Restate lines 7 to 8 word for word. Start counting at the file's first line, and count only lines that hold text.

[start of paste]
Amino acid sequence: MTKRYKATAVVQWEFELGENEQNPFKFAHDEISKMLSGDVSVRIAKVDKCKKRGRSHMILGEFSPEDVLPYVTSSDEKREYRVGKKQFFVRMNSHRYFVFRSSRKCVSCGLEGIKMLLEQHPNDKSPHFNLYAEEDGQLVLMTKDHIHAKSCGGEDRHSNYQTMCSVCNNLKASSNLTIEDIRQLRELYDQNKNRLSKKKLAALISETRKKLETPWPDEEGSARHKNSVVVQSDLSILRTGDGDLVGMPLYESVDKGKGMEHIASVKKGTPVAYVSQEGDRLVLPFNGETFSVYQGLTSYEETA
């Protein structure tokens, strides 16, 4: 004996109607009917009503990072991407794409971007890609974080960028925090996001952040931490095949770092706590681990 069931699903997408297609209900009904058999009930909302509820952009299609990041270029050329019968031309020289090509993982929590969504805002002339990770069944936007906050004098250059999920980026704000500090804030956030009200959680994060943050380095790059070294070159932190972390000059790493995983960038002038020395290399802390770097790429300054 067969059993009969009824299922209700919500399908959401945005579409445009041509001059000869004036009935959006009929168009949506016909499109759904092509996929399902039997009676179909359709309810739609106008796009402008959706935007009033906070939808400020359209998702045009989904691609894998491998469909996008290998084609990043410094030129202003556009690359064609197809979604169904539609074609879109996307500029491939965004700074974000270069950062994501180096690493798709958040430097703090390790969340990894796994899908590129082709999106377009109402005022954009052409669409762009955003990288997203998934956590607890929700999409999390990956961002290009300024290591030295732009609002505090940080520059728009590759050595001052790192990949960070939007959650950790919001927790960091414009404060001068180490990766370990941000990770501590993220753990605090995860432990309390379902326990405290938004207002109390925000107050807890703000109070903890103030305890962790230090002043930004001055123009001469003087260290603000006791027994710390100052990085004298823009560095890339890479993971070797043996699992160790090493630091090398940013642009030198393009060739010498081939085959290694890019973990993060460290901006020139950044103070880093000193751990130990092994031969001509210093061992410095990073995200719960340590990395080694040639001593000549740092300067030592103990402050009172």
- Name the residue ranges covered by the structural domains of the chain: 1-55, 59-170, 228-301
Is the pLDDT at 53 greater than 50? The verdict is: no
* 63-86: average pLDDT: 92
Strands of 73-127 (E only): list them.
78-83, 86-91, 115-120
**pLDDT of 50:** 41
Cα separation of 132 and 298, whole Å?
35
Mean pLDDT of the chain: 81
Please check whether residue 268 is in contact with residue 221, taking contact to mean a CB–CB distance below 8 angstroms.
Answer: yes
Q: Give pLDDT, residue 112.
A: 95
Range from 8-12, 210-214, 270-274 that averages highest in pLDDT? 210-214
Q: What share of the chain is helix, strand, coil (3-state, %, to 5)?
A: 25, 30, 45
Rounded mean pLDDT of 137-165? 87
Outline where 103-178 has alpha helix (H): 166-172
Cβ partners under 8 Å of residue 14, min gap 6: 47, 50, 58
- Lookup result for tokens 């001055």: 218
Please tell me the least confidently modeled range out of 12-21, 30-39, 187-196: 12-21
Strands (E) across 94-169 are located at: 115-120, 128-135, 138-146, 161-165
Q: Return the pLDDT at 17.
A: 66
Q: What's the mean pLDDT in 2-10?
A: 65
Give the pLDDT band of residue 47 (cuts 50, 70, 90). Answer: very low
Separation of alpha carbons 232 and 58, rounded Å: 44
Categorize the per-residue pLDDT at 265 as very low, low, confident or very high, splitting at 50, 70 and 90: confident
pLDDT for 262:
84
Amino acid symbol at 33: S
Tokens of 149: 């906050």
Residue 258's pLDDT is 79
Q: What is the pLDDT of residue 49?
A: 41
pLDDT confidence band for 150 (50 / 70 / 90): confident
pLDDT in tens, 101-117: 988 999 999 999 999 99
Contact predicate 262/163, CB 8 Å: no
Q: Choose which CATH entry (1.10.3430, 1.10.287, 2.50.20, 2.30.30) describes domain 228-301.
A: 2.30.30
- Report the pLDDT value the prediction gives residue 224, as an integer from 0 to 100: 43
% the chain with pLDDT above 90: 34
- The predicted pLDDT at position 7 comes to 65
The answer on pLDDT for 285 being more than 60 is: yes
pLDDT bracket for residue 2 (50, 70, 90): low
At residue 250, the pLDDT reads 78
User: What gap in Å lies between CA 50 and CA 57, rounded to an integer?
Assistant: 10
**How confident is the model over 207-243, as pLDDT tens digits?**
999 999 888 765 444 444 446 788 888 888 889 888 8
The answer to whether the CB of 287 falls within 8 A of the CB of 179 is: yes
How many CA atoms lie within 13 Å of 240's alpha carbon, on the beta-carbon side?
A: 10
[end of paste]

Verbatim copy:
78-83, 86-91, 115-120
**pLDDT of 50:** 41